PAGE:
The COVID-19 pandemic has impacted health and transformed many aspects of our lives, such as travel behavior and residential location preference. For instance, since the outbreak, there was a sharp decline in the ridership of public transportation. Moreover, since the pandemic, a shifting preference toward suburban and exurban areas from denser urban areas like Central Business Districts has been reported. Accordingly, a question arises whether the plummeted transit ridership, alongside the anecdotal and empirical evidence that some households prefer to disperse away from the cities, could combine to transform the long-standing housing price mechanism related to transit proximity. Thus, we asked whether the preference for proximity to a light rail transit (LRT) station in residential location choice remained during the pandemic and whether/how the potentially changing preference was reflected in property value in the Portland Metropolitan Area.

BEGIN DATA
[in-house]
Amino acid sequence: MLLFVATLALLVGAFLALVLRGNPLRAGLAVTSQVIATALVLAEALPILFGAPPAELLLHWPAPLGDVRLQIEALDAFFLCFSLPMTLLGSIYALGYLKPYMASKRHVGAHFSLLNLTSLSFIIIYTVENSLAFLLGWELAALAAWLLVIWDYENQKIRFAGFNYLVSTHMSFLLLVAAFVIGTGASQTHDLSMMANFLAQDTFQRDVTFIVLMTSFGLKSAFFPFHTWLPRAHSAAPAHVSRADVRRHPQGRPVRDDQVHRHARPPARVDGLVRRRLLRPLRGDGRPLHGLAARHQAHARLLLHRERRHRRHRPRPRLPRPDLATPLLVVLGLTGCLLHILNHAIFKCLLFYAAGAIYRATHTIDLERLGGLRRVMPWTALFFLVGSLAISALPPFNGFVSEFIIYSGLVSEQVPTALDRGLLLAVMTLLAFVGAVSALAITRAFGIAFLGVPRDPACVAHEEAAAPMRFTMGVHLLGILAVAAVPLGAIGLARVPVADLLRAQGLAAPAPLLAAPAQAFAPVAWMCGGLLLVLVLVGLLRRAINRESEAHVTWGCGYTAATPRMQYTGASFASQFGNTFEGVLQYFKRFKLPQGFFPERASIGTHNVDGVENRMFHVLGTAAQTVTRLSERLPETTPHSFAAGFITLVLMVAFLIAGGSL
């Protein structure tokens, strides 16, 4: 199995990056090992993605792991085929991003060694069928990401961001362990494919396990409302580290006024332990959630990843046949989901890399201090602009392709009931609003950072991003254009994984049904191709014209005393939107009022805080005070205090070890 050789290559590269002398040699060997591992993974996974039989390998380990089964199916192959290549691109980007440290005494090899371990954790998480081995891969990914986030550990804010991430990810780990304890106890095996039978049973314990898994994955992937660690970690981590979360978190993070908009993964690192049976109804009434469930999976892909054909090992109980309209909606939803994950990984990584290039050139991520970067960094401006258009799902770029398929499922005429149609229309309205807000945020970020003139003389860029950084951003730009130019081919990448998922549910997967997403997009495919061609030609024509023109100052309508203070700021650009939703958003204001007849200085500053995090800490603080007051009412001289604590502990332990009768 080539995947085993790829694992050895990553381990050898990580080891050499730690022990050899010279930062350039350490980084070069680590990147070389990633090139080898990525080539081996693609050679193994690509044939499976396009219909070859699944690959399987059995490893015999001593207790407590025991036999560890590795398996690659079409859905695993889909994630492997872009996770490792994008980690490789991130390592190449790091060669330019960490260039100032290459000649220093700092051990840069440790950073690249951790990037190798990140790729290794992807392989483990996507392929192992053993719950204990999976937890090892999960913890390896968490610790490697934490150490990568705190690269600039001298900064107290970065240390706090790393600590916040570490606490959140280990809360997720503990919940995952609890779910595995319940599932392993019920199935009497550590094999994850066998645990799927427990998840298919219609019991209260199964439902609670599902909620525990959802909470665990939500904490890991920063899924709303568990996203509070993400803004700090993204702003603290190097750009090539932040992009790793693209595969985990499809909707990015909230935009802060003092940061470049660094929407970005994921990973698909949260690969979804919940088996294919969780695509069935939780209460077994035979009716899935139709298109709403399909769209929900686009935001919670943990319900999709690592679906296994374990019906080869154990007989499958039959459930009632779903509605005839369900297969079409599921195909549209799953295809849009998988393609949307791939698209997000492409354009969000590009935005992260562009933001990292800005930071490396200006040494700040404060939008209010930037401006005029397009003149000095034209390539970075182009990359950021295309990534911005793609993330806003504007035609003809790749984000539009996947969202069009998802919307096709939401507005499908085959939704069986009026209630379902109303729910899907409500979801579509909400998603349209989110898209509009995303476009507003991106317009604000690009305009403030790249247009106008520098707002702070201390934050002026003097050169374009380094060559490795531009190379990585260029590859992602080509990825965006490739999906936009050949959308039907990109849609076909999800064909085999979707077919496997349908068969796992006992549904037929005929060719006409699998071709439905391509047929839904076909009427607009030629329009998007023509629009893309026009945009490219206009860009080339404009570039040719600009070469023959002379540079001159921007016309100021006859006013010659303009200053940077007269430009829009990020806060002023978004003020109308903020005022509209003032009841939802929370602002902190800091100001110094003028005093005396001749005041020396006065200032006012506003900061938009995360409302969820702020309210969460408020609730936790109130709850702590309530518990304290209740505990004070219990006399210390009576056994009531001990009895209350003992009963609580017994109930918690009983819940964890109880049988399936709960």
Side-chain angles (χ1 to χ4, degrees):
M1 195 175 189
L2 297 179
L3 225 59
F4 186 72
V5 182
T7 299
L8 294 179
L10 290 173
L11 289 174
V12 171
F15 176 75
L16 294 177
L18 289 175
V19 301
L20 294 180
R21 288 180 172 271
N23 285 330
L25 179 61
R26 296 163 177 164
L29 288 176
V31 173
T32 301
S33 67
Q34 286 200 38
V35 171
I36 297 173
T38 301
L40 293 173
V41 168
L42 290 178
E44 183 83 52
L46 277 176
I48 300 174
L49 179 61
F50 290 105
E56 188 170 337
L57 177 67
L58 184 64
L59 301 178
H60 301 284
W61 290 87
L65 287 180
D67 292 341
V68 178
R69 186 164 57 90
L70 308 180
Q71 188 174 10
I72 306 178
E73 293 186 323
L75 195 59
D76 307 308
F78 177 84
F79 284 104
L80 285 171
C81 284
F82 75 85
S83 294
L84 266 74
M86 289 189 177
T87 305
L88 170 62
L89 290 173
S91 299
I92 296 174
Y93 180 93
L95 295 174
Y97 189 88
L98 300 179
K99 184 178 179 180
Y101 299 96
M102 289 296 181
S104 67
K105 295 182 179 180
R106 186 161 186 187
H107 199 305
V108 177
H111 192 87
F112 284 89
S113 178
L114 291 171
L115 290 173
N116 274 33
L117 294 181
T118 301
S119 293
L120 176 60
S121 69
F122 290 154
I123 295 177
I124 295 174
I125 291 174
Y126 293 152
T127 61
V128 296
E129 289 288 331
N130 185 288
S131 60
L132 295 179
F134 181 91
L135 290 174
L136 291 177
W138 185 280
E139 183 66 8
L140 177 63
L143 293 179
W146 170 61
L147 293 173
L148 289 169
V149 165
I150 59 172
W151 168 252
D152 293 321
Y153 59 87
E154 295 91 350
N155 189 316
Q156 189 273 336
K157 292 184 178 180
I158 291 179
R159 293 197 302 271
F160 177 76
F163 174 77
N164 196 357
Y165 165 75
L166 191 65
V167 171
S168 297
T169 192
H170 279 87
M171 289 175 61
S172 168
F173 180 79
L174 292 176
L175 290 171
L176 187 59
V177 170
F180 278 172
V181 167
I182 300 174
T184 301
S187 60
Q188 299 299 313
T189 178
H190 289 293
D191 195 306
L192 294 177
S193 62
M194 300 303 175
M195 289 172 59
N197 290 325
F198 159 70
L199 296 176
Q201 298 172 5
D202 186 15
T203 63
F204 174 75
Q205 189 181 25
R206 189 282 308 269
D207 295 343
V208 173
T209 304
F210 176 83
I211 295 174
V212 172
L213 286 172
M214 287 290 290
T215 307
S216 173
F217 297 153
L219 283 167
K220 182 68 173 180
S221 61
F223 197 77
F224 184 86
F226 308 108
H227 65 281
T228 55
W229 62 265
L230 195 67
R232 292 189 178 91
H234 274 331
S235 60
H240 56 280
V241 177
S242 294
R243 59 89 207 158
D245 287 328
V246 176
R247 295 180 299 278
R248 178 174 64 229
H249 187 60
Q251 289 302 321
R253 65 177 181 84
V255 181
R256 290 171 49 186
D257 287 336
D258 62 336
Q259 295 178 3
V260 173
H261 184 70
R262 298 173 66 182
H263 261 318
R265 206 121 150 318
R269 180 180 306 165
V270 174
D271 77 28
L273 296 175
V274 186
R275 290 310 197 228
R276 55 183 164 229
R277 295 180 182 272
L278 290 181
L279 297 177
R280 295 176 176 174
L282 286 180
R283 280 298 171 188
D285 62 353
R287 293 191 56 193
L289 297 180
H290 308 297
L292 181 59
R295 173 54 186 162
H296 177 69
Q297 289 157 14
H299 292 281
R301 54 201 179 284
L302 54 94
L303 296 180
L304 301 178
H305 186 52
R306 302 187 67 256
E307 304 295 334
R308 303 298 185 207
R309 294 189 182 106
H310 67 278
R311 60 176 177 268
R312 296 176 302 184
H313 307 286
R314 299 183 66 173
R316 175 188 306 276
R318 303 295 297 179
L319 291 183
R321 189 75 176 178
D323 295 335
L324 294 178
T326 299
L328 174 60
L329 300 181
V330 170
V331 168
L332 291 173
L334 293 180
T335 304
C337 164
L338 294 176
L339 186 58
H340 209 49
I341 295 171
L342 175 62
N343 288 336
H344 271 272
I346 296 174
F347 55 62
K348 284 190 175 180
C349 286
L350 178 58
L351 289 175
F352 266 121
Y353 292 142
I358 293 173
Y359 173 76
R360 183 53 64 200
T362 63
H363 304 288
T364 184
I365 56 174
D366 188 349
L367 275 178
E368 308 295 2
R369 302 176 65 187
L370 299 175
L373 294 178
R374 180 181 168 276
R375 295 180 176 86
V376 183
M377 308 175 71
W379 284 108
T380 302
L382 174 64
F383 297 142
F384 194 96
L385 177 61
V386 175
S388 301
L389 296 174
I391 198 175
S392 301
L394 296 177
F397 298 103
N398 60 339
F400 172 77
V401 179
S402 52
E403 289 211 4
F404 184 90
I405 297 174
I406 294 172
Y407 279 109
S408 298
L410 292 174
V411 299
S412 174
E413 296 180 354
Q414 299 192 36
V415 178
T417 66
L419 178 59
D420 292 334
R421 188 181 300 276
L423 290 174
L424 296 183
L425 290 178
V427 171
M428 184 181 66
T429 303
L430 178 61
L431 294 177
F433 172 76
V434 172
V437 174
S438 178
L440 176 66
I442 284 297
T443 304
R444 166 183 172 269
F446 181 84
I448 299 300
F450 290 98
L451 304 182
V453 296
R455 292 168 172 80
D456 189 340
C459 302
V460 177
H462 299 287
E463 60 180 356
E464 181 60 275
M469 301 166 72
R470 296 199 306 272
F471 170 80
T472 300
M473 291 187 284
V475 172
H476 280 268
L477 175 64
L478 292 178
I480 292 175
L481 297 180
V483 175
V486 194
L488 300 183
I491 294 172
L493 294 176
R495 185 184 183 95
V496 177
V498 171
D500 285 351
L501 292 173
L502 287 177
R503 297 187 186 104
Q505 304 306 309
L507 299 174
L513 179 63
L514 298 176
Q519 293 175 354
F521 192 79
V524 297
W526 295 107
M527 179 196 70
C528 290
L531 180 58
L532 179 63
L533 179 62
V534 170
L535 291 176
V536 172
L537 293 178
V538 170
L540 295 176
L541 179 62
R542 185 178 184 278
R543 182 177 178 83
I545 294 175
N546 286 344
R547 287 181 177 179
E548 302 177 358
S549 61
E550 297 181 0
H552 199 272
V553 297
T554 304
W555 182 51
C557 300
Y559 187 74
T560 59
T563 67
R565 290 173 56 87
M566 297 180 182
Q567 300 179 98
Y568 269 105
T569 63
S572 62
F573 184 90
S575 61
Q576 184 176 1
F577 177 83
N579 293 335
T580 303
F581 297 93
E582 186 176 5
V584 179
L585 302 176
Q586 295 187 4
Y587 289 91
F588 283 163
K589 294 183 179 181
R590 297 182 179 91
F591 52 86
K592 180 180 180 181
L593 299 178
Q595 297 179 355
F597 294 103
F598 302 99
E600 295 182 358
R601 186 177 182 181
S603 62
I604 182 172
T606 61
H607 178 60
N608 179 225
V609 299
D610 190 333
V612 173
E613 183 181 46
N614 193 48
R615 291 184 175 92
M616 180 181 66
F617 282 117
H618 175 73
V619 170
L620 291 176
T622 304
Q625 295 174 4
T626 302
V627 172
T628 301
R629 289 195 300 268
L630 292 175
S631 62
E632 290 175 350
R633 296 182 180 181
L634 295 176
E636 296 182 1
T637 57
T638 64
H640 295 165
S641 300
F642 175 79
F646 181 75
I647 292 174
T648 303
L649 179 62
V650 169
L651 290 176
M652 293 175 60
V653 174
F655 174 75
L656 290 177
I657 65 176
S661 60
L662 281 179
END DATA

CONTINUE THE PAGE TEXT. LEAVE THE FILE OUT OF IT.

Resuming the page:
Sangwan Lee, Urban Studies & Planning, Portland State University
Sangwan Lee is a graduate research assistant in the Nohad A. Toulan School of Urban Studies and Planning at Portland State University. He has also served as a teaching assistant at Rutgers, The State University of New Jersey; and as an assistant research fellow in urban engineering at Chonbik National University. Sangwan is currently a P.D. student in urban studies at PSU with a focus on regional science. He earned his Masters of City and Regional Planning at Rutgers in 2019 and his Masters of Urban Engineering at Chonbuk in 2014. He also earned a BS in Architecture and Urban Engineering from Chonbuk in 2012.
Lee, Sangwan, "PSU Student Research from the TRB 2022 Annual Meeting: Effect of COVID-19 on Property Value Premium of Light Rail Transit" (2022). TREC Friday Seminar Series. 217.